Runners take notice and strike up conversations when they see him. He appreciates their interest and enjoys talking about his costume and props—even if it slows him down.
“It’s an ice breaker. No matter where you go, if you’re weird, people will talk to you. They have questions they want to ask, so that makes [running] more interesting and amazing,” he said.
When you’re running in a superhero costume, especially Superman, it kind of gives you more energy and power. And you feel like you can go faster.
After these past five years of running, even the lows have become a positive. For the first couple of years, sometimes he wanted to give up during races. Cramps and muscle pain were not just physical but mental as well.
“It’s a learning process. The more you do it, the more you learn how to cope with the difficulties, the challenges,” he said. “Even though your body says stop, someone says, ‘You can do it! Just one step at a time! Keep going!’ That’s what I dealt with, is you feel even though these people don’t know me, they are trying to support me the best they can. That’s huge. I owe it to them to try my best and keep going.”
But Wang thinks that sometimes it is more difficult to quit running than it is to keep going.
“I think that’s also an addiction. For me, when I get those pains, that’s when I get a kick out of it. Sometimes, I feel more energetic; I feel more challenged,” he said. “I don’t know if this is what goes through a masochist’s head, psychology wise, but I think part of it is that when there is pain, there is relief. I know in my head that there is a relief, and that’s a super high, and therefore I eat it up.”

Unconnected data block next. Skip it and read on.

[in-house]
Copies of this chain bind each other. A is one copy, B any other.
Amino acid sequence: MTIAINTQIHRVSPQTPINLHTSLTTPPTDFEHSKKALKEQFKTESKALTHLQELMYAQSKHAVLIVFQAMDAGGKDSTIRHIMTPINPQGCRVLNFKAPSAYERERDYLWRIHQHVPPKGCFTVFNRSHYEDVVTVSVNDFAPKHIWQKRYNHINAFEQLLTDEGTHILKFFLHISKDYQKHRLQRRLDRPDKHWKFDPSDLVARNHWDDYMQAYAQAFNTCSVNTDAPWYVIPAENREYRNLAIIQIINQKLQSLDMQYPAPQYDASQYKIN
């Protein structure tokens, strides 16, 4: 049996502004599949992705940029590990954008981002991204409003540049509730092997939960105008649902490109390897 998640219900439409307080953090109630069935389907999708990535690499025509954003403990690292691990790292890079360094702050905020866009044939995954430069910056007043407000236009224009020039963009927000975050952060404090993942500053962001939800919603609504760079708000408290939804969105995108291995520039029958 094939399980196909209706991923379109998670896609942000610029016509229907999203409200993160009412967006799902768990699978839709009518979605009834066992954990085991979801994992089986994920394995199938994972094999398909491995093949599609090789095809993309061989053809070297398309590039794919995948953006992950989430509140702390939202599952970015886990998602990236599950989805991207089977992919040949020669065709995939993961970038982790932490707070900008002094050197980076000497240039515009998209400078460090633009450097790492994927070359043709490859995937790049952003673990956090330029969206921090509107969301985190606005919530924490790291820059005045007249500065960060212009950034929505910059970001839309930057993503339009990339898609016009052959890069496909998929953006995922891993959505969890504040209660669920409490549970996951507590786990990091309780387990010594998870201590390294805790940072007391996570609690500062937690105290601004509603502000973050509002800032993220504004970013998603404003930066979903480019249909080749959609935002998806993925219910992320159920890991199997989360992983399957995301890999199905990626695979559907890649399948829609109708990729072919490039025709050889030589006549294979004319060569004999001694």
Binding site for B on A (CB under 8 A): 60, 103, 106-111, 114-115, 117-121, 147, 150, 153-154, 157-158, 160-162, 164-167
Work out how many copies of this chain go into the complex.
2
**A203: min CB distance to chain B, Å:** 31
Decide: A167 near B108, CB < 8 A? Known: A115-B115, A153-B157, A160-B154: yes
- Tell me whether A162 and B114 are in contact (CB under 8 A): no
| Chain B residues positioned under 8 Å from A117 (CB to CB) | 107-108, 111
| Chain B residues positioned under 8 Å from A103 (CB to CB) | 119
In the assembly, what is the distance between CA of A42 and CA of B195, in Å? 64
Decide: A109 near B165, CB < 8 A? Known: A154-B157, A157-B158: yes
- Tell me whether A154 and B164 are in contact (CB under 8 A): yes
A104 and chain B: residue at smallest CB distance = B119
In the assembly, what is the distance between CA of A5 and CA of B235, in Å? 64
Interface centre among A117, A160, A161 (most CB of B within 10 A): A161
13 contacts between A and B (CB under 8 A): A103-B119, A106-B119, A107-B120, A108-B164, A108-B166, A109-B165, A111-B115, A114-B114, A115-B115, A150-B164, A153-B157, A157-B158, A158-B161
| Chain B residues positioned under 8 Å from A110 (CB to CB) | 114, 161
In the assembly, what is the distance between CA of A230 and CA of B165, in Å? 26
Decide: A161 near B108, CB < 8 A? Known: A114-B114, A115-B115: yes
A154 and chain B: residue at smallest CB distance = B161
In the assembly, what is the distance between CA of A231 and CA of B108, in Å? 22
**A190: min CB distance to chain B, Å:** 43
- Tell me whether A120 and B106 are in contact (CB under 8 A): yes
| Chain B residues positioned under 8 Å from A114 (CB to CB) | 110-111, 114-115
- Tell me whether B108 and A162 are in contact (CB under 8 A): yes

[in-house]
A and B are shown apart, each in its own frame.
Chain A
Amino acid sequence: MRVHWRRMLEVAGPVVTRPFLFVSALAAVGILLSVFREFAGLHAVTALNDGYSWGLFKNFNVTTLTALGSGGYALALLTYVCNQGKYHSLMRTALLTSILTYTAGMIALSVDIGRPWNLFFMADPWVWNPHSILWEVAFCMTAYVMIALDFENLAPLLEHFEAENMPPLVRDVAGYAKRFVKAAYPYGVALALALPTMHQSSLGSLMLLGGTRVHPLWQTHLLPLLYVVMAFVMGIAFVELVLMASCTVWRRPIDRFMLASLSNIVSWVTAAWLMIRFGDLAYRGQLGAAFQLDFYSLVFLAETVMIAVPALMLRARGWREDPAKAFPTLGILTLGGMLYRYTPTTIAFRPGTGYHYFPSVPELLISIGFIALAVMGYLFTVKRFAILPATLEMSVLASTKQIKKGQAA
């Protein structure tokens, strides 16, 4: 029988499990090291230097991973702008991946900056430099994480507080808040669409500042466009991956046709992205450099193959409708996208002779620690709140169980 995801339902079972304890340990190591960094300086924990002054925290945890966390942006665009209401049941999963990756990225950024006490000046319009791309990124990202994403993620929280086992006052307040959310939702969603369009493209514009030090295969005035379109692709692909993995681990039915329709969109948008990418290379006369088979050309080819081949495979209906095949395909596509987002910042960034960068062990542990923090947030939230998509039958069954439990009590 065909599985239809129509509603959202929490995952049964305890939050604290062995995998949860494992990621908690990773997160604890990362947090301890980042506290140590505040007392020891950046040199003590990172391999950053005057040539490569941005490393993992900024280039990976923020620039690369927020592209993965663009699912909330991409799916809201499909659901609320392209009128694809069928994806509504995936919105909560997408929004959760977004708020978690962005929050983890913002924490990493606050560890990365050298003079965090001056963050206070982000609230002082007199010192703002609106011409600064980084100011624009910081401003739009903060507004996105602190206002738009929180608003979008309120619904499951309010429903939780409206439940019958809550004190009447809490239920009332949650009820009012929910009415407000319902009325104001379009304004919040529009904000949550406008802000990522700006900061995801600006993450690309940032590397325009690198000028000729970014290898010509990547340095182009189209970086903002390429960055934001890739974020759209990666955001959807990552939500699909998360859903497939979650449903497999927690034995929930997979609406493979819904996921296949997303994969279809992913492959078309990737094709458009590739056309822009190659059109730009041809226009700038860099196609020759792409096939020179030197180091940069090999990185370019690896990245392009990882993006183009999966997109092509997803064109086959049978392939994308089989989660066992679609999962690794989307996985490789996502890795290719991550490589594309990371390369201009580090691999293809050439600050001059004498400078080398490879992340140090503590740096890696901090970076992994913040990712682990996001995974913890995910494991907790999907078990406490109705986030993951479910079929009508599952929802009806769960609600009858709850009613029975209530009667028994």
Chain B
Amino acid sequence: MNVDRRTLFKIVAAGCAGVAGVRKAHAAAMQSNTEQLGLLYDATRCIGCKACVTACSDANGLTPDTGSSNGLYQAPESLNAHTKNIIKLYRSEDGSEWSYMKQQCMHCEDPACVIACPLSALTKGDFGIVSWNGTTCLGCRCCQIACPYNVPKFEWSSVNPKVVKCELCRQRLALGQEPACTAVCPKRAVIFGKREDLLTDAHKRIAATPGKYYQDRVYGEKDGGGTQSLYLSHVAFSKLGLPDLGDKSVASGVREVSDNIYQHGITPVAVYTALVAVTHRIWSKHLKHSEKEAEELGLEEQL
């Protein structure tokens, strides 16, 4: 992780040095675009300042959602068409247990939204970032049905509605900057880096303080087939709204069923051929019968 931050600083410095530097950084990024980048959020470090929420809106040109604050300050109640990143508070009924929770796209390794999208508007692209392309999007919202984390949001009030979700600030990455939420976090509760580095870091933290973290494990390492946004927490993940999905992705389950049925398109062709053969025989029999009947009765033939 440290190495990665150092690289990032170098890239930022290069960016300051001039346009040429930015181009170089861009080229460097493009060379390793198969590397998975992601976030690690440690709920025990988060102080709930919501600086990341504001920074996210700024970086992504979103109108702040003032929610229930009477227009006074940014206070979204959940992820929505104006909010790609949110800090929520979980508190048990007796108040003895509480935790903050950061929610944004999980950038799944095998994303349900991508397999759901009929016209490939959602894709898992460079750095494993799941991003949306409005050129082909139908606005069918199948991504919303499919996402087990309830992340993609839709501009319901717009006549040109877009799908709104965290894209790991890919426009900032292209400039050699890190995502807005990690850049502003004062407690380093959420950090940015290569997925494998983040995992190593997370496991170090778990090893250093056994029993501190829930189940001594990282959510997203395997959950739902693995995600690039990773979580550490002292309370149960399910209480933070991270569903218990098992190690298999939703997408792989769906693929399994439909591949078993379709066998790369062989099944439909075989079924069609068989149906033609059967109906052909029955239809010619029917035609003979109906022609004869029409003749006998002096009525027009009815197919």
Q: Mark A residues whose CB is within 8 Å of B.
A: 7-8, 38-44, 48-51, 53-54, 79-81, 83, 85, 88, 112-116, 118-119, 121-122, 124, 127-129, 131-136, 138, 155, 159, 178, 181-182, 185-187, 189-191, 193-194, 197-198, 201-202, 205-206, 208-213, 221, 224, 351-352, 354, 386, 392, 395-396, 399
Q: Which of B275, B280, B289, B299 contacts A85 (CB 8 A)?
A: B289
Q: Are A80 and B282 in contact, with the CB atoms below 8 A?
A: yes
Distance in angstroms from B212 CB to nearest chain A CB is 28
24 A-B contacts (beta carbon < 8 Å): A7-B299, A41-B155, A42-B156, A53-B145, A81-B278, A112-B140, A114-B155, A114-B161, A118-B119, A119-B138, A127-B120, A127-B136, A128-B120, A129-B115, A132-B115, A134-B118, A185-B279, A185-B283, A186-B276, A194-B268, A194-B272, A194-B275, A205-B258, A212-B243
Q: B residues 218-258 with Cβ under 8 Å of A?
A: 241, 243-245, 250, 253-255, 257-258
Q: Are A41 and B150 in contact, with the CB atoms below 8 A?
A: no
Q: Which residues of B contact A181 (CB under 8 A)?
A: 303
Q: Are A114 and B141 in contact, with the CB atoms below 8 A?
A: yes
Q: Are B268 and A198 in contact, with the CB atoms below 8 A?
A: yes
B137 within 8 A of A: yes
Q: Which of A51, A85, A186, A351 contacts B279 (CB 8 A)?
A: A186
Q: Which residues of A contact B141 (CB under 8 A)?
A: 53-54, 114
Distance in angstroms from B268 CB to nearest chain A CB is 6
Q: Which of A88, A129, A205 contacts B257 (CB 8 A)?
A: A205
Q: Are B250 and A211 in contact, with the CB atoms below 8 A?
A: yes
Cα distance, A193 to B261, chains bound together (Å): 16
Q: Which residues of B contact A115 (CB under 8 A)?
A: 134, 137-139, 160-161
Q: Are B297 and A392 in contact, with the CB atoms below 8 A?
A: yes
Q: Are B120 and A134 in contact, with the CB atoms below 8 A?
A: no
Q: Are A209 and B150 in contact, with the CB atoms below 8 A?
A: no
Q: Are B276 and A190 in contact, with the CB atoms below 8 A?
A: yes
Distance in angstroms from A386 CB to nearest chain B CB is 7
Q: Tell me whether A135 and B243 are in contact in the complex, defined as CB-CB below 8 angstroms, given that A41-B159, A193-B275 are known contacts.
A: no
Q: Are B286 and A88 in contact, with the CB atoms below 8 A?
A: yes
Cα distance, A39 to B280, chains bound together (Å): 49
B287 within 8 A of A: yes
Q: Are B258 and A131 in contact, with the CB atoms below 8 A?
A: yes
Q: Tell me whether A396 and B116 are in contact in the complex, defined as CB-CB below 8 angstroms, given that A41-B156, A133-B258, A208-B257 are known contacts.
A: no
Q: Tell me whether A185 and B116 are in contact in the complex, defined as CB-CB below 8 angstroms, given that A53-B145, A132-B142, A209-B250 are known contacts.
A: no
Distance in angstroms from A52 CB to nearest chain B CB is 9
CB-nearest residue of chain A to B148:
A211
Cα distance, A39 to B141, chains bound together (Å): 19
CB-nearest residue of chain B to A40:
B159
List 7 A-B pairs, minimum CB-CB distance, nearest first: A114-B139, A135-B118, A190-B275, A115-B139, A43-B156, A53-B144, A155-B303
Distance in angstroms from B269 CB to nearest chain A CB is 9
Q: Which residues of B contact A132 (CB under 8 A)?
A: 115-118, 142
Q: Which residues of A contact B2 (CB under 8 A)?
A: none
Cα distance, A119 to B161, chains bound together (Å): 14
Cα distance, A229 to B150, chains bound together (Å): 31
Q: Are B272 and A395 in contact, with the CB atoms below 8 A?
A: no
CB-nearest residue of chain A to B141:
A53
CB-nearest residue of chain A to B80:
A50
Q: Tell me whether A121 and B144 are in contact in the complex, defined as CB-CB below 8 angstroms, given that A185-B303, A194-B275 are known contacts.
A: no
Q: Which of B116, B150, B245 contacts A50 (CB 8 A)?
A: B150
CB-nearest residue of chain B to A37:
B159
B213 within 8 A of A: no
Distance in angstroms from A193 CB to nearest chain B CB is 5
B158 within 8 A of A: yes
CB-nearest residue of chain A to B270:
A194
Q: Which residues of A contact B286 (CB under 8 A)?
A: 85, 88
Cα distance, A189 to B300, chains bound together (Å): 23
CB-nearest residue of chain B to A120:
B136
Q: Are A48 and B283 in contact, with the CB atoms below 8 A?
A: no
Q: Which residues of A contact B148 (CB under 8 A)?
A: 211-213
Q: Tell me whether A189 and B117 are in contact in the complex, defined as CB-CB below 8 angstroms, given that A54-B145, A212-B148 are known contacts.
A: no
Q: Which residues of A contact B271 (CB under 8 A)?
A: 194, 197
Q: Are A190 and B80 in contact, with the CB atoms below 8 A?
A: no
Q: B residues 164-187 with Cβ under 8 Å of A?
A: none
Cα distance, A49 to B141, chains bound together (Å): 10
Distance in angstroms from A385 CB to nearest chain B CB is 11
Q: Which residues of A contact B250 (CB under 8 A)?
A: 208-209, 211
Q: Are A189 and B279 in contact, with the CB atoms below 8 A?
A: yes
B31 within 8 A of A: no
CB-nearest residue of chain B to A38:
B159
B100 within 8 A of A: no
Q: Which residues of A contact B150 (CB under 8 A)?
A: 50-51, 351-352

Ultimately, his body got used to the pain. He wanted to feel the highs and the lows again because they make him feel alive. So a year ago, he decided to tackle ultra marathons after being recommended the book Born to Run.
Wang’s first ultra run was during Golden Week last May in Mukogawa as the Winter Soldier. That 70-kilometer run took him back and forth along the river banks. Reaching 42.196 kilometers during this race taught him a lot about himself.
“Between 42 and 70 was painful. But I asked for it!” he declared. “You start imagining things. It is like an out of body experience. Part of that race was kind of like a dream. I think my mind was trying to escape it.”
The race taught him tolerance levels and new ways to cope. He made phone calls to family and friends, Instagrammed images, and listened to motivational talks by his favorite actor, Denzel Washington. He even applied his meditation techniques of mindfulness to the most painful moments.
“You learn about patience,” he said. “Imagine doing anything in your life for six hours in your life non-stop—even anything that can be super fun. Doing that is mentally stressful.”
On the morning of the Okinawa 100K Ultra Marathon, Wang stood in pitch blackness soaking in the anticipation. As he ran, he took moments to absorb an Okinawan scenery much different from his Kansai home. He let his mind slip from the thoughts of his burning leg muscles, the heave of his focused breath, the sounds of his footsteps steadily pounding the pathway. He even stopped to take in the southern sunrise.
“I don’t know if it was because I’m running a 100K or something,” he said. “It was the most beautiful sunrise I’ve ever experienced. I mean it’s a cliché, people are like ‘Sunrise, I’ve seen a thousand of them in a lifetime’ but for some reason, I think there was so much emotion in the air, in my head, that changed your perspective. . . or it is that beautiful. It was amazing.”
Wang said Okinawa helped him realize that most things in life don’t matter.